(Wait, what?)

Well, I can tell you right off the bat that my attempt at this years National Novel Writing Month has been vastly more successful than the crash-and-burn, crawl-yourself-across-the-embers attempt of 2010. Main improvement? I had a story to write, a real one, not one I’d made up on the fly that seemed like a good idea at the time but had no backbone to it. The story I picked for this year’s NANO was one I have over-cooked in my head for nearly a decade. It was more than well-aged, it was getting gamey. That helped: I knew the characters with ease, knew their goals and ambitions pretty well, knew how they interacted with each other, and with a revamped plot line, it actually came somewhat together.

I hit the 50,000 word count. Easily. Hit it on the 20th of November, actually, and kept on with my goal of 3k a weekday since. So that was nice. Bad news? There’s still a whole hell of a lot left to go. This is my first official attempt at an original novel, so it doesn’t surprise me that it’s a little long in the tooth. I can already sense some places where I’ll be going back to hack out sections, but for now, I’m pressing on. 3k/weekday until it’s finished–really, truly, totally a finished draft.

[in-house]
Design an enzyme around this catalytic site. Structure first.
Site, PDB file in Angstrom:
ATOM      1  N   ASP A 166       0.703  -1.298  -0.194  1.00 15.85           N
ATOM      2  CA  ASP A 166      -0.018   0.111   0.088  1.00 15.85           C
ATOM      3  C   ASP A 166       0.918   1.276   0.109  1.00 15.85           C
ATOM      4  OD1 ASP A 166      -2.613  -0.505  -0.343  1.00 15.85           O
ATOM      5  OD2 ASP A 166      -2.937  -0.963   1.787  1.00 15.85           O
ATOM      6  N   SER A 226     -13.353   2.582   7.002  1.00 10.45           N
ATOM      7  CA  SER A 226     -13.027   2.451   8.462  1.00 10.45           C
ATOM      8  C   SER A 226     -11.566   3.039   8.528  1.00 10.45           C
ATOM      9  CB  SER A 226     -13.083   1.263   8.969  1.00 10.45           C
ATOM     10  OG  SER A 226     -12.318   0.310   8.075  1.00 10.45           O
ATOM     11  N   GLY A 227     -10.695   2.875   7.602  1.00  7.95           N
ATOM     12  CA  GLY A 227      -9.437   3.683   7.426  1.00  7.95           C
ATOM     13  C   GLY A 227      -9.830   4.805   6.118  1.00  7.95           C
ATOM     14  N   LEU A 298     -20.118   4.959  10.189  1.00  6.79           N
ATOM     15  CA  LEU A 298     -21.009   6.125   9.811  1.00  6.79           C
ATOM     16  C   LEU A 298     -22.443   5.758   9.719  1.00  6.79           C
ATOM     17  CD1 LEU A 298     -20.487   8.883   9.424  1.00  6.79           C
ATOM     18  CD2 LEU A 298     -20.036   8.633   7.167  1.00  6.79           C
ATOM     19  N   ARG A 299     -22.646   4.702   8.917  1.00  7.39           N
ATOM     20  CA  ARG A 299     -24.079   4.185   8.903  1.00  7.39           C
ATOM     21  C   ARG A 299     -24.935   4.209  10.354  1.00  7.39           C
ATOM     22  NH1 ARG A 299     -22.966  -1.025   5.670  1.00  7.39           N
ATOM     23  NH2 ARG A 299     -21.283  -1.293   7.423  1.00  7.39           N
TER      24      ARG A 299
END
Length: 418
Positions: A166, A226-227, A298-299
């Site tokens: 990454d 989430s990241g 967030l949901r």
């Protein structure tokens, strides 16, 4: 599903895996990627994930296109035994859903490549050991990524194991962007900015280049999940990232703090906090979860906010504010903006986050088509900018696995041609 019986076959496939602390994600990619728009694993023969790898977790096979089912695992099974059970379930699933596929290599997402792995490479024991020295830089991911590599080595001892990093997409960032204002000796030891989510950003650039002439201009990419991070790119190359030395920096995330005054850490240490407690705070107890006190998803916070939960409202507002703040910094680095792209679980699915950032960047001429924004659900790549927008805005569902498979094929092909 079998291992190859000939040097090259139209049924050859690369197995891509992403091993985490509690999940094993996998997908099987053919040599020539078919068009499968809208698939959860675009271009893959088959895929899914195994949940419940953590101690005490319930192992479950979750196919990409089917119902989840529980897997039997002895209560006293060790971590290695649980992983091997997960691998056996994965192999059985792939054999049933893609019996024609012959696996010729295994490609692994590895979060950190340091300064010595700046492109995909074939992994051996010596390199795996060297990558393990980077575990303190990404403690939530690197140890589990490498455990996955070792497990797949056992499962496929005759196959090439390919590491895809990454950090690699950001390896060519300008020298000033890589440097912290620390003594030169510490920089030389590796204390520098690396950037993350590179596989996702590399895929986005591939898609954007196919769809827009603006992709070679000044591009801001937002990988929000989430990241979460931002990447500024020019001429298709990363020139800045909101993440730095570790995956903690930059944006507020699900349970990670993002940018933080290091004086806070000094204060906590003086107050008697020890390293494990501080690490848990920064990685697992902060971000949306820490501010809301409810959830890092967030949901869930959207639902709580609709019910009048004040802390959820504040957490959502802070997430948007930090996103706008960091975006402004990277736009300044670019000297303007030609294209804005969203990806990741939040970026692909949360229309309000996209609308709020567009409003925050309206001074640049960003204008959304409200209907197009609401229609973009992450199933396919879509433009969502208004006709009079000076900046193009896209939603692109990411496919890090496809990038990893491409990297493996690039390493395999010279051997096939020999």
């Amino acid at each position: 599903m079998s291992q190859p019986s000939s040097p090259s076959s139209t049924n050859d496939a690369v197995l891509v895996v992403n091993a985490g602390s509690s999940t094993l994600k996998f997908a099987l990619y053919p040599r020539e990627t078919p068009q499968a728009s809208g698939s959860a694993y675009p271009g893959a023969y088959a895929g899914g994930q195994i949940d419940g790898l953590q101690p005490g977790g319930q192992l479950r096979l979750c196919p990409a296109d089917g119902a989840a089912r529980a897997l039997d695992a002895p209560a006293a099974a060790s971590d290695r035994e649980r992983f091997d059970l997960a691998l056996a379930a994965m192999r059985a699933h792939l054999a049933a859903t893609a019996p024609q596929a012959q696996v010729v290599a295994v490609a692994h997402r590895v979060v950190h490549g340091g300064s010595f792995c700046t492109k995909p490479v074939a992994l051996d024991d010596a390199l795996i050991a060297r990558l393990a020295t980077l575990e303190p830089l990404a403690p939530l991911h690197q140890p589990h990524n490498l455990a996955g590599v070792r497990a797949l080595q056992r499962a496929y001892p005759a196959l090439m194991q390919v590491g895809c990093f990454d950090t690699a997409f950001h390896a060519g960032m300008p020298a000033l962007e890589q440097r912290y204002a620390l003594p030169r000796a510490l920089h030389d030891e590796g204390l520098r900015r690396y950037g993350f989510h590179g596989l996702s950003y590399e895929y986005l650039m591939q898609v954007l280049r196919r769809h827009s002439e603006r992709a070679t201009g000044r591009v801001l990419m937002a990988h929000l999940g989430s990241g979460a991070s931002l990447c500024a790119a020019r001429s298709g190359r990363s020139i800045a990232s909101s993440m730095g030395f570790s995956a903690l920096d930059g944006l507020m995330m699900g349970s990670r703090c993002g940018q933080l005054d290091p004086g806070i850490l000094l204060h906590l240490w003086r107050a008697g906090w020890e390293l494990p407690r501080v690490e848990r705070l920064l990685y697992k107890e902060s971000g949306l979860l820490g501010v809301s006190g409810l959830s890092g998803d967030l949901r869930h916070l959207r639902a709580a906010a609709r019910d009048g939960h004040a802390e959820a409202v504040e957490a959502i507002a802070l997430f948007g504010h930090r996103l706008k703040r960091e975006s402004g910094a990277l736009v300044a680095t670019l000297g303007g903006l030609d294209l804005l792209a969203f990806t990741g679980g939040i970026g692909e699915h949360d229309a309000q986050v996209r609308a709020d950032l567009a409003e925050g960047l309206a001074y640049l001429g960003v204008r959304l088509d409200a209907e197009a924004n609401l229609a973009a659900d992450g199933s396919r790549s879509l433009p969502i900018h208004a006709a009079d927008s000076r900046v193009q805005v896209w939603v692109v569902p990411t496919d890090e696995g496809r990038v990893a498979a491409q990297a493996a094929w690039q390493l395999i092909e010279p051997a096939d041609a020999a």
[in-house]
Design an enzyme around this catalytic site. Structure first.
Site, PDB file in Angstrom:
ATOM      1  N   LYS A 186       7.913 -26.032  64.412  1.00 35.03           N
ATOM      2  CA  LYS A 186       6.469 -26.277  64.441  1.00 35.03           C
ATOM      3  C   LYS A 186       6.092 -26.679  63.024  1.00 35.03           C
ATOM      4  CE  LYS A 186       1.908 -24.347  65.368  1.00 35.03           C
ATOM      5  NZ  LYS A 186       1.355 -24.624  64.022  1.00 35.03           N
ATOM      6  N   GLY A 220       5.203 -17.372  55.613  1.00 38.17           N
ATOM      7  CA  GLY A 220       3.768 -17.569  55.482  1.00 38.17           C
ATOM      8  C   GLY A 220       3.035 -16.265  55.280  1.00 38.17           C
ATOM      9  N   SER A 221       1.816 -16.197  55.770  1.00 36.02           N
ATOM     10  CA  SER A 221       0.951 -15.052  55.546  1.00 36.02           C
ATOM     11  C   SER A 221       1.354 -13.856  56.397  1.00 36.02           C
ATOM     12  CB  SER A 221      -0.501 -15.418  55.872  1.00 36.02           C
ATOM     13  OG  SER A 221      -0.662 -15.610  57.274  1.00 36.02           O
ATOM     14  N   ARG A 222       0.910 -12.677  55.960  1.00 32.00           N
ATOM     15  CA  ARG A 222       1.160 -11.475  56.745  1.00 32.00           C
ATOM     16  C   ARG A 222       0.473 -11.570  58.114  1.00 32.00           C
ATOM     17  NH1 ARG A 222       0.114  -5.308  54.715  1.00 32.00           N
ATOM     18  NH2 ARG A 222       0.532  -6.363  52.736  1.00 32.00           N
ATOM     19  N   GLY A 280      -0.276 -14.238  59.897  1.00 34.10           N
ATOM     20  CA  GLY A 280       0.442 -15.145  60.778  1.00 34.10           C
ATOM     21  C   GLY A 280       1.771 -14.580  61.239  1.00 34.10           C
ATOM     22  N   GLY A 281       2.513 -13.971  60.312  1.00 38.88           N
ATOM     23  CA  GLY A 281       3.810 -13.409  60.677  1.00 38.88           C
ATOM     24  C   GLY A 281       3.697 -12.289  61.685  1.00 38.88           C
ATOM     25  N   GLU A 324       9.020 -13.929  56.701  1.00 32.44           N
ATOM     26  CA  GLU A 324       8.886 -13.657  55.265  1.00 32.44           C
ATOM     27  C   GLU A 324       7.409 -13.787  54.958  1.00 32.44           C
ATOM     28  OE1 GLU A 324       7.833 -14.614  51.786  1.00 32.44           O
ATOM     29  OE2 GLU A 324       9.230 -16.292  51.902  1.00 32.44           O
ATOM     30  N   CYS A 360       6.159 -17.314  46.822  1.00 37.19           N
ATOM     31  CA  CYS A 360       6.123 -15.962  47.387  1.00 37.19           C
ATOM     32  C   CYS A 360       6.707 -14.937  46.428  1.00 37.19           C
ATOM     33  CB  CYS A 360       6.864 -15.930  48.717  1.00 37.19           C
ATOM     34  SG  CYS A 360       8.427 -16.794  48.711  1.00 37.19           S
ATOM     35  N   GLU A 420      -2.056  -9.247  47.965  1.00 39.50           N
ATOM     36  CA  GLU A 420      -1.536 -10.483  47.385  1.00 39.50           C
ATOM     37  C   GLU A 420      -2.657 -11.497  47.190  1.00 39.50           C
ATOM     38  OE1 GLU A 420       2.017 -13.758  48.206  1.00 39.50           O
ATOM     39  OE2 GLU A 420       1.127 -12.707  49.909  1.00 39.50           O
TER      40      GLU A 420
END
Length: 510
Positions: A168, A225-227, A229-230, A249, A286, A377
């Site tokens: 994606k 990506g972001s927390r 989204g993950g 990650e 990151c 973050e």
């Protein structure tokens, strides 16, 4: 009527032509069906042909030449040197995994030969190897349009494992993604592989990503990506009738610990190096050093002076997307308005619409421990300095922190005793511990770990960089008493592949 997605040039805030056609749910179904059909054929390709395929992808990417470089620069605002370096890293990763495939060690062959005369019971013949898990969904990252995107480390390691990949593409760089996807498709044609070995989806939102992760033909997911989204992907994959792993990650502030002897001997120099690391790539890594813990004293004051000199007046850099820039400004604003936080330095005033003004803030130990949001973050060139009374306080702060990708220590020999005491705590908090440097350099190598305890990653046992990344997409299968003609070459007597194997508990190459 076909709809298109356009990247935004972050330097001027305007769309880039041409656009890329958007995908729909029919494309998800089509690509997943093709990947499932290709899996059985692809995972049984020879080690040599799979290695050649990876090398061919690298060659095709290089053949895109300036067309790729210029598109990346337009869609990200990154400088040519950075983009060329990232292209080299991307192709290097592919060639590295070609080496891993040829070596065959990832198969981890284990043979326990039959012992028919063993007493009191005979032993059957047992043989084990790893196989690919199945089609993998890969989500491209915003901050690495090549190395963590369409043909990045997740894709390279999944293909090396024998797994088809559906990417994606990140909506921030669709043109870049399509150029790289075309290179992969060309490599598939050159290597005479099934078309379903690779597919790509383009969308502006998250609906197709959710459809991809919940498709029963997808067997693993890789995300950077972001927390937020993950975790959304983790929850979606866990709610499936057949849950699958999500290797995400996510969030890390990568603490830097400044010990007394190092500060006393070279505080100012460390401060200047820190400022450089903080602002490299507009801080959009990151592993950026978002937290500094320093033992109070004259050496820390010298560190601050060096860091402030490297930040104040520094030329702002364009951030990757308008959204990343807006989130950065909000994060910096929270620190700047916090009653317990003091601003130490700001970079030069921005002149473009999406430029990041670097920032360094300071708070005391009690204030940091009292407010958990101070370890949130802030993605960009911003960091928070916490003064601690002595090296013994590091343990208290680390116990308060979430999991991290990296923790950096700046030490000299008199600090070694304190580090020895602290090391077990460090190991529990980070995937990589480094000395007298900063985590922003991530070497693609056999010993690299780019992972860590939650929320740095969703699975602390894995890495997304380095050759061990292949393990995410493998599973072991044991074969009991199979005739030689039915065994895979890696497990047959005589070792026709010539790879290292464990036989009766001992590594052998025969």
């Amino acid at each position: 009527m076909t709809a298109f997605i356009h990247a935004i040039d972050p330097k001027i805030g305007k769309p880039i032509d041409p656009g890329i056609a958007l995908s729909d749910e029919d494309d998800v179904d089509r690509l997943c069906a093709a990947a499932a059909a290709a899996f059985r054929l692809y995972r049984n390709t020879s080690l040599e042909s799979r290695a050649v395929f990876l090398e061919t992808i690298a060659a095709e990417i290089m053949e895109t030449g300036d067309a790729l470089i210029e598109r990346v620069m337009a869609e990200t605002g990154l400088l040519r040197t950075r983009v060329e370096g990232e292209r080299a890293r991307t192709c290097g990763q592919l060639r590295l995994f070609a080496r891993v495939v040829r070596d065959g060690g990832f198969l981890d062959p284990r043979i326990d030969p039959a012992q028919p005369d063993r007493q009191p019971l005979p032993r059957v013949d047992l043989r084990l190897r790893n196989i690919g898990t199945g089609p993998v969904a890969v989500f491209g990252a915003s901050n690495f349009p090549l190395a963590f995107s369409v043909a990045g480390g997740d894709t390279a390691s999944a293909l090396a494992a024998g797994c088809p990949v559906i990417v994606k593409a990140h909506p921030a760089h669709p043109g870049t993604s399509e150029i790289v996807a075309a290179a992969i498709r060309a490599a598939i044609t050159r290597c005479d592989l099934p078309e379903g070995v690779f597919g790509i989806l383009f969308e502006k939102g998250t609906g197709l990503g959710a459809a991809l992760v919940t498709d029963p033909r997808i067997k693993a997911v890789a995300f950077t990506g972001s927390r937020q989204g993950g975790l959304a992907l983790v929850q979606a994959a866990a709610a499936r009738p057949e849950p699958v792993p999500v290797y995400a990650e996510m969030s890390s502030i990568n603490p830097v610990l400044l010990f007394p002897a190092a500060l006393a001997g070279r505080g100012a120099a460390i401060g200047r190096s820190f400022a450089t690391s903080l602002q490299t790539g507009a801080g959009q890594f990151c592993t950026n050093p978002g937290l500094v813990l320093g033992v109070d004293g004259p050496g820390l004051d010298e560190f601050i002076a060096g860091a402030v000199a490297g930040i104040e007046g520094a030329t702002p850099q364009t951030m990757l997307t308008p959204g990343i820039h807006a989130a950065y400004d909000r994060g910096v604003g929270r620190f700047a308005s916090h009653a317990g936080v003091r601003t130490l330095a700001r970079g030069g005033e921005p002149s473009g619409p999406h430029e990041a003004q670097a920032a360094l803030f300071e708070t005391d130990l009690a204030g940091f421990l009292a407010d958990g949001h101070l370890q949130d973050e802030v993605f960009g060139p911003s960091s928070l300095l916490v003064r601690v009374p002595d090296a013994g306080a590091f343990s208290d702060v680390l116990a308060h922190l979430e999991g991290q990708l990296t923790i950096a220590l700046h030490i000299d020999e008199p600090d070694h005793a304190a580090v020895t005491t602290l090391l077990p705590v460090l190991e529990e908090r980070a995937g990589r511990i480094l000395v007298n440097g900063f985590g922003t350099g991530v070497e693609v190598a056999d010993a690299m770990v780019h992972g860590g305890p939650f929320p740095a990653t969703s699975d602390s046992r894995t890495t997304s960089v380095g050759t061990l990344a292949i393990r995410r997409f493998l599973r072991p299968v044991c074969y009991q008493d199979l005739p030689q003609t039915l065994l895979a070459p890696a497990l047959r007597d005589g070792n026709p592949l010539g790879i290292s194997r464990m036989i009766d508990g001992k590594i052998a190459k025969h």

Number one lesson learned during this year’s NANO? I can actually write pretty fast. 3k is not an unreasonable daily word count goal for me. It’s not always easy, but once I get my shoulders into the day’s work, it can move along at a pretty brisk pace. This was a surprise to me. I’d always assumed, from my short story work, that I was a pretty slow writer. Apparently, I can really crank out the words when I need to, without much crying of blood, either! A rather pleasant surprise.

Granted, I don’t know if what I’ve got yet will be any good, or if it will be anything I can work with in the future, but it’s convinced me that perhaps it’s not so crazy to conceive of writing a novel a year (maybe more?<–WHA-?! Heresy!). Maybe I can even write another one before THE BIG DAY arrives in June. That’d be three novel rough drafts finished in one year.

And that might just be a miracle.